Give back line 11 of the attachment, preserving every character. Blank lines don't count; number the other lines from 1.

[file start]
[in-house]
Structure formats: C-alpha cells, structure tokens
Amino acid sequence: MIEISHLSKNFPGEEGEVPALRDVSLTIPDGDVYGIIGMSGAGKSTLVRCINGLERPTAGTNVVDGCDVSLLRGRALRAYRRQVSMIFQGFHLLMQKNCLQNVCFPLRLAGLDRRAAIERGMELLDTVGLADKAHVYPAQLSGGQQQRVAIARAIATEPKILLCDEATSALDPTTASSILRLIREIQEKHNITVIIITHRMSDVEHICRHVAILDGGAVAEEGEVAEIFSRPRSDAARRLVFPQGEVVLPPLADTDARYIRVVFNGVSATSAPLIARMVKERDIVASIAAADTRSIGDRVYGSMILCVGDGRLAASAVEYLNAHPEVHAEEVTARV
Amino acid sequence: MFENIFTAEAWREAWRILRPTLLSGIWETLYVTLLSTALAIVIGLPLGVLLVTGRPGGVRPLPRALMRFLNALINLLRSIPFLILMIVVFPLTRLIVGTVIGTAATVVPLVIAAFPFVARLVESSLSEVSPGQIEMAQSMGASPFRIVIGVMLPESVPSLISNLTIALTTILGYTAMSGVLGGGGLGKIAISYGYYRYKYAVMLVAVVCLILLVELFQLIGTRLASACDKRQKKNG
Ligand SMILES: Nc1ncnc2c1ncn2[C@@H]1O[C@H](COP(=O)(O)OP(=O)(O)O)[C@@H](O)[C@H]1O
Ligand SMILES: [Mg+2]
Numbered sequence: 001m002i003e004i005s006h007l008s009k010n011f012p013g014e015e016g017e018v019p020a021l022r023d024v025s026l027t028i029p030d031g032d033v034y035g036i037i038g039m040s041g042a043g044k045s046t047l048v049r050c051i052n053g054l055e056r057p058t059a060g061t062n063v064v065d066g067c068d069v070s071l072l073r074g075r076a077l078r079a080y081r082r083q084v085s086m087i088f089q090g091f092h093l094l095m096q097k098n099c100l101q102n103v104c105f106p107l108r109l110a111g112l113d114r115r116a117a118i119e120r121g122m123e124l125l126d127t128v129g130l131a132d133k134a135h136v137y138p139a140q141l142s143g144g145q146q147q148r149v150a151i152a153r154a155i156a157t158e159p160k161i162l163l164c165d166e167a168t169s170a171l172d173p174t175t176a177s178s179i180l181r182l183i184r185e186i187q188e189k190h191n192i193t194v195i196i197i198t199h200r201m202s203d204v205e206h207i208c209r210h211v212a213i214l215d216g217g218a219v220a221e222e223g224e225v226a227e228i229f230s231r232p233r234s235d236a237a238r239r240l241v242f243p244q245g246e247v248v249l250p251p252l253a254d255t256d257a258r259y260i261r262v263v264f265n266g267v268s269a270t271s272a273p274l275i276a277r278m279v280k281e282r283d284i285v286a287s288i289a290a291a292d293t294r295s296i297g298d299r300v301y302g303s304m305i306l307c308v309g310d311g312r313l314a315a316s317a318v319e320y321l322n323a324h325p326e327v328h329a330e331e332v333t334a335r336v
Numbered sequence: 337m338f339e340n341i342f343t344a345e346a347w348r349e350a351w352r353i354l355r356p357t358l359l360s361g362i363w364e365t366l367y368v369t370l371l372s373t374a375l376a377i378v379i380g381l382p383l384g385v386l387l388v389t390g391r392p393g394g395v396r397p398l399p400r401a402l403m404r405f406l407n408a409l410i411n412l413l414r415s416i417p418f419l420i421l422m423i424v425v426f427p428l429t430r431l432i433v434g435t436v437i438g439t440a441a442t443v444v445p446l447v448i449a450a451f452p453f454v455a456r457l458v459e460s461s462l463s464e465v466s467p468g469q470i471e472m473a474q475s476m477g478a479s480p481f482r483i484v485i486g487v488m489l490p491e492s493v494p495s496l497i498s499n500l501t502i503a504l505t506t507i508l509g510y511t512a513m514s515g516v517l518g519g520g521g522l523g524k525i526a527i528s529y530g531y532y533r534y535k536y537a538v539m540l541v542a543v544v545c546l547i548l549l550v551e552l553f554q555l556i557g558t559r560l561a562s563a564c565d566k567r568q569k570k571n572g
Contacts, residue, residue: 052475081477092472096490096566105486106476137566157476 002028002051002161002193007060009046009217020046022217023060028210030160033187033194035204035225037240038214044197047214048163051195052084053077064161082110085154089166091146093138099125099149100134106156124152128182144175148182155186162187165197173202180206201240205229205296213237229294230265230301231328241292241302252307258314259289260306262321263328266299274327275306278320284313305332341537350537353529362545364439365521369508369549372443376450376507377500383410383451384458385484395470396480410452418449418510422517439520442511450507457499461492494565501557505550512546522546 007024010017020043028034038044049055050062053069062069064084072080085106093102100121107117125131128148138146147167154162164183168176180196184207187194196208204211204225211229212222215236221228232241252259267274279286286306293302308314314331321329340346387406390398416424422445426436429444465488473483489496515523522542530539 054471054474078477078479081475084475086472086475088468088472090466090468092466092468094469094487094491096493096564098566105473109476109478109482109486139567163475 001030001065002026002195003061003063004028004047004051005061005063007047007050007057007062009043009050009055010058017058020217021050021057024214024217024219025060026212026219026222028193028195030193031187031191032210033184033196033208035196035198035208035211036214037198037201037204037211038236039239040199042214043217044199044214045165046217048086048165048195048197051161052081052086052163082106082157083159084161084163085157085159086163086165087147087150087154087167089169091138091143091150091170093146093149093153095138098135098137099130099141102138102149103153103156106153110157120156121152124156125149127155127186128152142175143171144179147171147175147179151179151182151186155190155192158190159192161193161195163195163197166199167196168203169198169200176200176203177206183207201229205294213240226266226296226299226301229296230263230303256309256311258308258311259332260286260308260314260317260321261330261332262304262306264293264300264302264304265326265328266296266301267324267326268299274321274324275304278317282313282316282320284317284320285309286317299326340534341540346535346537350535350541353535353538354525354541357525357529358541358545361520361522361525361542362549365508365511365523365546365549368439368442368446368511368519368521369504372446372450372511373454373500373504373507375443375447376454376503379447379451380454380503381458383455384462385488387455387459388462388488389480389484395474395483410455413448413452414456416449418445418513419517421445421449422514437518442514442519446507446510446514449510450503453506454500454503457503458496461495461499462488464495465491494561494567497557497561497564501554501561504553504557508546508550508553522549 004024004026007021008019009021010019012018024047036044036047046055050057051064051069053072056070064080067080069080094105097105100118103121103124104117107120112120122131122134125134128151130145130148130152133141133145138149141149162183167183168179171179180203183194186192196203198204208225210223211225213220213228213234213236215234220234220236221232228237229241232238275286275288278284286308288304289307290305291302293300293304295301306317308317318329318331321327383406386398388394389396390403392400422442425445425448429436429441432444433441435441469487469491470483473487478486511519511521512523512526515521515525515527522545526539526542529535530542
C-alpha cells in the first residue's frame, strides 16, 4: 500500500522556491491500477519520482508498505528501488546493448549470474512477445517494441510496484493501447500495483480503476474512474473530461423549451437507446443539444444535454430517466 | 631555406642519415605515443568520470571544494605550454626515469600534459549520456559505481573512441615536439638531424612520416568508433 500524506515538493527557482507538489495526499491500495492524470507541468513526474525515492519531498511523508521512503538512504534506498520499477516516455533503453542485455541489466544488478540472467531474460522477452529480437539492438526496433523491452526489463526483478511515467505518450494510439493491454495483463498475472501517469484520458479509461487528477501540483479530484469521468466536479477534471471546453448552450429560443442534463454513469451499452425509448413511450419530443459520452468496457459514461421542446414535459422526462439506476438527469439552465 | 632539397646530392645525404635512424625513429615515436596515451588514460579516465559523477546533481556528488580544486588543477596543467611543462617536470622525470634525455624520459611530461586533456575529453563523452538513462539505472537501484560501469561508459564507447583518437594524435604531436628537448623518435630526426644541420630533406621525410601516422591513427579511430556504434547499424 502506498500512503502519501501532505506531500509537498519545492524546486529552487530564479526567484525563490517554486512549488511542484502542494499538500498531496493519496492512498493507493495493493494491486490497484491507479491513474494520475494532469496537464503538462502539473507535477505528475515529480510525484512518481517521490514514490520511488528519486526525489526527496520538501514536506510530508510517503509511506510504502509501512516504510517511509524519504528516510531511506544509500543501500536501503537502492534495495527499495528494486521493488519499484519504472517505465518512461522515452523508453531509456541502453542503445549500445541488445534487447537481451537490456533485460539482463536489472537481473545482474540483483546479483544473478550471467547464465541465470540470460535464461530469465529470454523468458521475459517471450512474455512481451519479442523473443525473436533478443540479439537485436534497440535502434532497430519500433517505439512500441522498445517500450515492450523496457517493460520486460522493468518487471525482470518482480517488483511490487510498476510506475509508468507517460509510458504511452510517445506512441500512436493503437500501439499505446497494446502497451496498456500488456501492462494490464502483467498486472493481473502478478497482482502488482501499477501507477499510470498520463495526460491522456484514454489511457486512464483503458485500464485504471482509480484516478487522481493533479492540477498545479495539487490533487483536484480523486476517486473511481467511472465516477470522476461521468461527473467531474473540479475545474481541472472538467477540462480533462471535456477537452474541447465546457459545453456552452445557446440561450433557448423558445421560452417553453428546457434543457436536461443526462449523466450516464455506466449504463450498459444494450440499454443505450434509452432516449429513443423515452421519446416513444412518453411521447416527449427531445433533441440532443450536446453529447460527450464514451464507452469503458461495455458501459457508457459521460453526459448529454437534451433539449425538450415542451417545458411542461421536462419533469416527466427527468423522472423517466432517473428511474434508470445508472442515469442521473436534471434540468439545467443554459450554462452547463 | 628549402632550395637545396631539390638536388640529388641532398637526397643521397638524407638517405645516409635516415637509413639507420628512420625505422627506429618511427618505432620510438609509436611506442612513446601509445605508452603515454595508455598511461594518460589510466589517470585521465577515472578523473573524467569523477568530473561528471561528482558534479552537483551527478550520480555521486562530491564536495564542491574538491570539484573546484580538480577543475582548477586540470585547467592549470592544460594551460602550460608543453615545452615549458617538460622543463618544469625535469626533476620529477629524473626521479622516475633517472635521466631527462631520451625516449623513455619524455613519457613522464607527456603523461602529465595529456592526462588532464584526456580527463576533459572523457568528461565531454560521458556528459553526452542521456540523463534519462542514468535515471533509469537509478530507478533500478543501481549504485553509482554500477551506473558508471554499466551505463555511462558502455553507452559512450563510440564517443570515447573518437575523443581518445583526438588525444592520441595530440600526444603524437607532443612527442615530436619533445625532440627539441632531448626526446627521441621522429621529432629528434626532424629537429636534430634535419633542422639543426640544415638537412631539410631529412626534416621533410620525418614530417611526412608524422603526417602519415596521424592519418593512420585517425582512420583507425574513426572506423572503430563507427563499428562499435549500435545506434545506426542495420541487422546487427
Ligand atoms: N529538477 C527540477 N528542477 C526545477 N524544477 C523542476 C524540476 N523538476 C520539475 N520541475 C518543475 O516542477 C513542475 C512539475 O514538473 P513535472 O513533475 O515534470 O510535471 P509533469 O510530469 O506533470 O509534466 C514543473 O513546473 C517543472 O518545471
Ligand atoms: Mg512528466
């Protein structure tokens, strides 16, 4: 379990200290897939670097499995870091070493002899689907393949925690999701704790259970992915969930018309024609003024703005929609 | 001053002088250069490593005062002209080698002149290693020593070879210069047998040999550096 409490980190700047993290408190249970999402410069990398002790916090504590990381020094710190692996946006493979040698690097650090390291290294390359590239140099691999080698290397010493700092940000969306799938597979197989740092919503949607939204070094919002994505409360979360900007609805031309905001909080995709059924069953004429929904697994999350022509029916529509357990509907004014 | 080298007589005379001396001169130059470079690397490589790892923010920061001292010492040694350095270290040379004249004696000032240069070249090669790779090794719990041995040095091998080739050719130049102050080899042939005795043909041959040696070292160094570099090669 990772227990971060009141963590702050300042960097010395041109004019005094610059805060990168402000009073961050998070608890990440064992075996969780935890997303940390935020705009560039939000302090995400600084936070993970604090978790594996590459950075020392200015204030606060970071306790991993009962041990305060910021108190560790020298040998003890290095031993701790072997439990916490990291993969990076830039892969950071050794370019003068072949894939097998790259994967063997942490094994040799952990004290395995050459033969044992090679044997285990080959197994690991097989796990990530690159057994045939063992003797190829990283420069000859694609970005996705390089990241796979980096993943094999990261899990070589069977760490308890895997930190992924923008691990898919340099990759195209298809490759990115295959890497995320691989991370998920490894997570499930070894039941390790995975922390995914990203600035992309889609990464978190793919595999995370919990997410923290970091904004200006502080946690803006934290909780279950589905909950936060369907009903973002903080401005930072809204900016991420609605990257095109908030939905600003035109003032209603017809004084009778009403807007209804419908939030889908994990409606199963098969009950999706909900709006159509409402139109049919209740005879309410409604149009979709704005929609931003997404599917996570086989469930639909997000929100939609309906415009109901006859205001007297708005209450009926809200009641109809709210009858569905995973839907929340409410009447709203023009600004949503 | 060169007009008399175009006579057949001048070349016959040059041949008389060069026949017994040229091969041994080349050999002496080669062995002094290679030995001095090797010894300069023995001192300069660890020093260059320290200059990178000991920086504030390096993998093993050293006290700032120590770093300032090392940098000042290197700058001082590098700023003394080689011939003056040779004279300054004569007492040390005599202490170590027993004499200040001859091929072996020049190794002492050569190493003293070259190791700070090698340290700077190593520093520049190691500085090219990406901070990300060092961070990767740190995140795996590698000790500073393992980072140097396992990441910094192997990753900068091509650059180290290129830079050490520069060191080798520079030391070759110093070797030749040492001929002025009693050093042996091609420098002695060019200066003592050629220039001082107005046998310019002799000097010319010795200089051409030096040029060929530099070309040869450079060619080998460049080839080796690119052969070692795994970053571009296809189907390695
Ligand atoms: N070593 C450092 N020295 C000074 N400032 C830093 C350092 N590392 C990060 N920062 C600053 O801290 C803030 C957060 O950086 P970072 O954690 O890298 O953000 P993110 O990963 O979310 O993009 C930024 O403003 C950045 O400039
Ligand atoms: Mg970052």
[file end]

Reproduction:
Ligand atoms: N529538477 C527540477 N528542477 C526545477 N524544477 C523542476 C524540476 N523538476 C520539475 N520541475 C518543475 O516542477 C513542475 C512539475 O514538473 P513535472 O513533475 O515534470 O510535471 P509533469 O510530469 O506533470 O509534466 C514543473 O513546473 C517543472 O518545471